Do your homework - Recruiters expect you to research and learn more about their organization. Thoroughly review their web site and talk to current (or past) employees of the company to learn as much as you can. Being prepared will also minimize your anxiety.
Make an impact - Dress appropriately. When in doubt, dress conservatively. Recent workplace trends have approved business-casual attire, but it's still appropriate to wear a conservative suit to an interview. How you present yourself makes an impression. Shake hands firmly and maintain eye contact throughout the interview. Sit up in your chair and stay focused.
Be confident - Composure in the work place is crucial. Your interview is a measurement of how you handle pressure. You don't want to appear too nervous. At the same time, you don't want to be too relaxed. Maintain an appropriate level of professionalism without being unapproachable. The best advice is to be yourself. If you are an outgoing, likeable person, let that come through in your interview. Recruiters are looking for colleagues who will thrive in their team-based environment.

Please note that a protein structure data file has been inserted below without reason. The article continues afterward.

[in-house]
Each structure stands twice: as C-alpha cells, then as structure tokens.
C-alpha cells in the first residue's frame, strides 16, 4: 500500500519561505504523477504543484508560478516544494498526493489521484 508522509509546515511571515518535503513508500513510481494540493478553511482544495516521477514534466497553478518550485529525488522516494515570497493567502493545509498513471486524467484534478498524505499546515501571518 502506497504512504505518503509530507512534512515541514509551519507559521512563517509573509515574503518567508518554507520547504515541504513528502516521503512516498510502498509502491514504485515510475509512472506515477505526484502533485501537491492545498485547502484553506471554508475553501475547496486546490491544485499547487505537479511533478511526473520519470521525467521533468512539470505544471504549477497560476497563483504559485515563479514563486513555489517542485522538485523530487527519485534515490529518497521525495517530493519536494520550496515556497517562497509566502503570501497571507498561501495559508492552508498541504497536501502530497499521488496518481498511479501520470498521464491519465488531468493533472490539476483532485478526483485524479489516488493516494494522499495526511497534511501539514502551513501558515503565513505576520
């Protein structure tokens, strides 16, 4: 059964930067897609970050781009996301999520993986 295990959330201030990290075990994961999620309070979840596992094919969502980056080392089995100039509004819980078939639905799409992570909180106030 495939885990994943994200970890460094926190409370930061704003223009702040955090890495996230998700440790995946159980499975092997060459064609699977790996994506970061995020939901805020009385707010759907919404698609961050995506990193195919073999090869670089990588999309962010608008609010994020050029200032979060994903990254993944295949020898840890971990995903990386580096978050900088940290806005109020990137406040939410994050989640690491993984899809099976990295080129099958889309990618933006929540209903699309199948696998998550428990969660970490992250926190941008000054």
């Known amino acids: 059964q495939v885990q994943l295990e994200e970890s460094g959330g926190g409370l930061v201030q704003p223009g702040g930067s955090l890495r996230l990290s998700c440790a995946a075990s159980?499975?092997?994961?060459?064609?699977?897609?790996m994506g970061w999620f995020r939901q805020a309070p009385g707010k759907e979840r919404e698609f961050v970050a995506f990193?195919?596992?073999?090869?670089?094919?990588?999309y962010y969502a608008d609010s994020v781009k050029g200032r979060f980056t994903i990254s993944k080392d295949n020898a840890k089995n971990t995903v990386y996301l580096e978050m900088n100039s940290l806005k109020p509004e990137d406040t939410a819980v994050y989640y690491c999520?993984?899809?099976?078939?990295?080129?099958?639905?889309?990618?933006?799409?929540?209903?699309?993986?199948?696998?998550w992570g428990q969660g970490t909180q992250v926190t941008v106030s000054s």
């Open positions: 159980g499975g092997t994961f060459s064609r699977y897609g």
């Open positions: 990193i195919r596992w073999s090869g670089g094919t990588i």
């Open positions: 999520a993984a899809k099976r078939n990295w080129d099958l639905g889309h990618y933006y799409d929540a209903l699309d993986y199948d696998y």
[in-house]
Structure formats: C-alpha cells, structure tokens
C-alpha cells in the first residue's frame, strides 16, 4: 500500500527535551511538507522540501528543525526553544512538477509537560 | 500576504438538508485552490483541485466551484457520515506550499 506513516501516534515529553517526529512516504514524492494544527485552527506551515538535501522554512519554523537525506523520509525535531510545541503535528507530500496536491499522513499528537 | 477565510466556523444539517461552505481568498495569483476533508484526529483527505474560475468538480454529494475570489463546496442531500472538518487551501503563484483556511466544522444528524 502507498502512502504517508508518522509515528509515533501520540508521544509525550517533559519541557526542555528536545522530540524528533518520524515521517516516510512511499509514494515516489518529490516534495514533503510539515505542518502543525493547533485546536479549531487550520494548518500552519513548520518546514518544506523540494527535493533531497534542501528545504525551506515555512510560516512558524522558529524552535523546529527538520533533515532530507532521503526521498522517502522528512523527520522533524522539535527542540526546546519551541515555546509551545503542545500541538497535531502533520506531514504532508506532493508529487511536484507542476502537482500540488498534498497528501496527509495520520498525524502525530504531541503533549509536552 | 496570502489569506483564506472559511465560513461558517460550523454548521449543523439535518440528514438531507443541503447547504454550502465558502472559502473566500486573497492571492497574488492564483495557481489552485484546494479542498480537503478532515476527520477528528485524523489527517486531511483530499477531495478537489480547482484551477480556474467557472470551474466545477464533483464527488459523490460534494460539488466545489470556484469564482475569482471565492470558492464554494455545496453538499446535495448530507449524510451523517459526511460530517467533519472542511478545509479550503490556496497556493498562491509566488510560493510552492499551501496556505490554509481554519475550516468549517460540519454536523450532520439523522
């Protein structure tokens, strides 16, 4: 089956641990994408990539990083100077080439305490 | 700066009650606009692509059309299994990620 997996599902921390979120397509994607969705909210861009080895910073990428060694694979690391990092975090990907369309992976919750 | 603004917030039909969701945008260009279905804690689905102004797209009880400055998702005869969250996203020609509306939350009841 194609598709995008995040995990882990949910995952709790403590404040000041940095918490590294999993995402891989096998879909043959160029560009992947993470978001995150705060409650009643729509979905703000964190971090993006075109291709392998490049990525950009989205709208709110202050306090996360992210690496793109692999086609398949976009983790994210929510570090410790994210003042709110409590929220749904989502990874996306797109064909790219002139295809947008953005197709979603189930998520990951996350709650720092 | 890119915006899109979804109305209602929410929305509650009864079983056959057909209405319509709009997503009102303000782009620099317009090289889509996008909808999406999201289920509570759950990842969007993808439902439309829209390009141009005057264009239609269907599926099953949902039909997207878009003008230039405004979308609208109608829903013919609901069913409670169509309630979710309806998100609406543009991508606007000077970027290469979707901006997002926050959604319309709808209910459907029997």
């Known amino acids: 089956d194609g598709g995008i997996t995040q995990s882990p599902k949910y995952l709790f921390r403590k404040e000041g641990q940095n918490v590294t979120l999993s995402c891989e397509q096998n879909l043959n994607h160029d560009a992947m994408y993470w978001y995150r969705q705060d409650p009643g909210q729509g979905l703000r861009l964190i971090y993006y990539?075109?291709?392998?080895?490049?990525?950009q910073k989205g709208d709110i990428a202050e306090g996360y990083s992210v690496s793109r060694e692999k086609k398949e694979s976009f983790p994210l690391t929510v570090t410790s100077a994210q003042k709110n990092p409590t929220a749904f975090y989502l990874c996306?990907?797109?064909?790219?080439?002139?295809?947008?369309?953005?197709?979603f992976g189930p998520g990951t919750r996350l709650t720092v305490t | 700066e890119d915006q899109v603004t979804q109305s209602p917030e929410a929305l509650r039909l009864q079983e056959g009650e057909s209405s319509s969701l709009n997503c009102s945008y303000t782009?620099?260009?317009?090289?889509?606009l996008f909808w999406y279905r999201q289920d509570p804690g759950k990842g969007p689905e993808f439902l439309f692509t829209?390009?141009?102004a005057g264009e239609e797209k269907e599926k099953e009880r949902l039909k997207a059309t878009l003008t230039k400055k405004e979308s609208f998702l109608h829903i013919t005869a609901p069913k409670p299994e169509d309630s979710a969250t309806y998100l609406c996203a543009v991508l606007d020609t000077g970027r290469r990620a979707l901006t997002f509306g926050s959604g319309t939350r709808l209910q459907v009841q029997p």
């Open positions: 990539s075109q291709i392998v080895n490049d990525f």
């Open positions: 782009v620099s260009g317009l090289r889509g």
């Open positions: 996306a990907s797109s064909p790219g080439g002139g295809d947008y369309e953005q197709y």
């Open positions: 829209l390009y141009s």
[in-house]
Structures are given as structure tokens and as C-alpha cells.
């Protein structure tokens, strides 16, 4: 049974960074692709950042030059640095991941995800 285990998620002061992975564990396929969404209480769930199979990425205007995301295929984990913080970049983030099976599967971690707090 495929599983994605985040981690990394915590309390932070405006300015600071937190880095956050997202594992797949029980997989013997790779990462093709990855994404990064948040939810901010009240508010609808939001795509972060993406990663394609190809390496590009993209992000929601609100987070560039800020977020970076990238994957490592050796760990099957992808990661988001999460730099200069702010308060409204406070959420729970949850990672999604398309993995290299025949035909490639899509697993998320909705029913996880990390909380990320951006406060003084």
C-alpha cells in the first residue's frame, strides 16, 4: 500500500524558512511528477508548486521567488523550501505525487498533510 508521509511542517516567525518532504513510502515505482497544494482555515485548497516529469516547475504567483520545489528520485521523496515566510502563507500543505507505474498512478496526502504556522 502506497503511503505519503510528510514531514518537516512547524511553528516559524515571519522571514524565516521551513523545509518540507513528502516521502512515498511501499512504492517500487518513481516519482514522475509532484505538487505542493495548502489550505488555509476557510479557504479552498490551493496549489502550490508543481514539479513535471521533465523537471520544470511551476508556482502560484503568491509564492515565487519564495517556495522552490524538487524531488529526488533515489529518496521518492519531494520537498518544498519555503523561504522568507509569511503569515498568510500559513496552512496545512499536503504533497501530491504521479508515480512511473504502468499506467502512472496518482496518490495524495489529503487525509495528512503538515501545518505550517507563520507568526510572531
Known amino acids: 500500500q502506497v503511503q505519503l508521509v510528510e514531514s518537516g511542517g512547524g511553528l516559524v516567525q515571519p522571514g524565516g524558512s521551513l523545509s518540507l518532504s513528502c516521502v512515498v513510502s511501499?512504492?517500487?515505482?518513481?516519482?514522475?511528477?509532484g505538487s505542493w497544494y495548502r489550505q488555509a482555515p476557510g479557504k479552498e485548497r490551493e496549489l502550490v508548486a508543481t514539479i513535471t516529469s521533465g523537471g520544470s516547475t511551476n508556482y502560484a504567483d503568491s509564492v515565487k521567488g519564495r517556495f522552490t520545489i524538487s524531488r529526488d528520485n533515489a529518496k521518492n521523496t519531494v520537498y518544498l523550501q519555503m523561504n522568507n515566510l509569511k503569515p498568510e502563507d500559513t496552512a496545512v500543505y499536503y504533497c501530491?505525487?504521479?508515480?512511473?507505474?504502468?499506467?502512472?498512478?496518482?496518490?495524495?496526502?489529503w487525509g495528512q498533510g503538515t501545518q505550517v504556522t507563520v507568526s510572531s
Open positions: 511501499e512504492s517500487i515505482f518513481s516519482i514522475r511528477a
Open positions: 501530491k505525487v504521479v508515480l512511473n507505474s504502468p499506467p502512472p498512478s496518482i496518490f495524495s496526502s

Ask questions - Asking questions demonstrates your interest and preparation. Before the interview, prepare a list of questions to potentially ask in the interview.
Sell yourself - Your qualifications got you in the door. Speak confidently about relevant experiences you've had in the workplace, during volunteer opportunities, and in the classroom. Specific examples of how you've contributed to an organization or learned something new will be of particular interest. Your goal is to demonstrate how you can help the company meet its goals and objectives.
Get clarification - If you don't understand a question, ask the interviewer to repeat it or for clarification. You have a better chance of giving your best answer if you know exactly what was asked. If you can't think of an answer at that moment, ask to come back to the question later.